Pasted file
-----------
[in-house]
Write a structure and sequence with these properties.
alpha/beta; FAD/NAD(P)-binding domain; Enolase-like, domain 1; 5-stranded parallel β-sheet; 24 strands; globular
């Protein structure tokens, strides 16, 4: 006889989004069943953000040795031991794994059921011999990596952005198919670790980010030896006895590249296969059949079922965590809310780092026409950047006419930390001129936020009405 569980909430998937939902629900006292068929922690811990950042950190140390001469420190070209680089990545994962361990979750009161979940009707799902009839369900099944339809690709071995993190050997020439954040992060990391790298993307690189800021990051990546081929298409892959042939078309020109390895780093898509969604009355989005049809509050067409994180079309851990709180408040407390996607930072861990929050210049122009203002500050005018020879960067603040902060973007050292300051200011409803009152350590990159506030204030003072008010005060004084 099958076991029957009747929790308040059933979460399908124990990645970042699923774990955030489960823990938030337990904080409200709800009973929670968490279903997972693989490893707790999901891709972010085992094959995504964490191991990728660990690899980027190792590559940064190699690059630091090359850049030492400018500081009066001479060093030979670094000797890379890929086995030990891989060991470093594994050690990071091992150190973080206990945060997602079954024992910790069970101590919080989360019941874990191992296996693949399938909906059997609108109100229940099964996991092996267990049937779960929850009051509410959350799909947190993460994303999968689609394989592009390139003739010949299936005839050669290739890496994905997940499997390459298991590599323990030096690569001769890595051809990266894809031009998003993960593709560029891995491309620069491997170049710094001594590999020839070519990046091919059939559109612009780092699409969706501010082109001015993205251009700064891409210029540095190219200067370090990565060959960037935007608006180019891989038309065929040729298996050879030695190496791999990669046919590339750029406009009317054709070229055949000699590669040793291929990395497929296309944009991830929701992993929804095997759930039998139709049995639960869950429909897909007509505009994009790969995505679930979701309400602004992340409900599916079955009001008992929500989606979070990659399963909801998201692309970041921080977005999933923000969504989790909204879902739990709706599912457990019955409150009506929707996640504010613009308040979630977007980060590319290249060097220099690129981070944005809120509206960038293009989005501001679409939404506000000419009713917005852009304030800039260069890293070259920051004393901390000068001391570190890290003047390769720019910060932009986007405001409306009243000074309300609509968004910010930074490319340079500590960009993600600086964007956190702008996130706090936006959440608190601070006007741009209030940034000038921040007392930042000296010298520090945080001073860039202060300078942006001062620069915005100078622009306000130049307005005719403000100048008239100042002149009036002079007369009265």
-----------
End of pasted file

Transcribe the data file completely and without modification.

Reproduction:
[in-house]
Write a structure and sequence with these properties.
alpha/beta; FAD/NAD(P)-binding domain; Enolase-like, domain 1; 5-stranded parallel β-sheet; 24 strands; globular
């Protein structure tokens, strides 16, 4: 006889989004069943953000040795031991794994059921011999990596952005198919670790980010030896006895590249296969059949079922965590809310780092026409950047006419930390001129936020009405 569980909430998937939902629900006292068929922690811990950042950190140390001469420190070209680089990545994962361990979750009161979940009707799902009839369900099944339809690709071995993190050997020439954040992060990391790298993307690189800021990051990546081929298409892959042939078309020109390895780093898509969604009355989005049809509050067409994180079309851990709180408040407390996607930072861990929050210049122009203002500050005018020879960067603040902060973007050292300051200011409803009152350590990159506030204030003072008010005060004084 099958076991029957009747929790308040059933979460399908124990990645970042699923774990955030489960823990938030337990904080409200709800009973929670968490279903997972693989490893707790999901891709972010085992094959995504964490191991990728660990690899980027190792590559940064190699690059630091090359850049030492400018500081009066001479060093030979670094000797890379890929086995030990891989060991470093594994050690990071091992150190973080206990945060997602079954024992910790069970101590919080989360019941874990191992296996693949399938909906059997609108109100229940099964996991092996267990049937779960929850009051509410959350799909947190993460994303999968689609394989592009390139003739010949299936005839050669290739890496994905997940499997390459298991590599323990030096690569001769890595051809990266894809031009998003993960593709560029891995491309620069491997170049710094001594590999020839070519990046091919059939559109612009780092699409969706501010082109001015993205251009700064891409210029540095190219200067370090990565060959960037935007608006180019891989038309065929040729298996050879030695190496791999990669046919590339750029406009009317054709070229055949000699590669040793291929990395497929296309944009991830929701992993929804095997759930039998139709049995639960869950429909897909007509505009994009790969995505679930979701309400602004992340409900599916079955009001008992929500989606979070990659399963909801998201692309970041921080977005999933923000969504989790909204879902739990709706599912457990019955409150009506929707996640504010613009308040979630977007980060590319290249060097220099690129981070944005809120509206960038293009989005501001679409939404506000000419009713917005852009304030800039260069890293070259920051004393901390000068001391570190890290003047390769720019910060932009986007405001409306009243000074309300609509968004910010930074490319340079500590960009993600600086964007956190702008996130706090936006959440608190601070006007741009209030940034000038921040007392930042000296010298520090945080001073860039202060300078942006001062620069915005100078622009306000130049307005005719403000100048008239100042002149009036002079007369009265």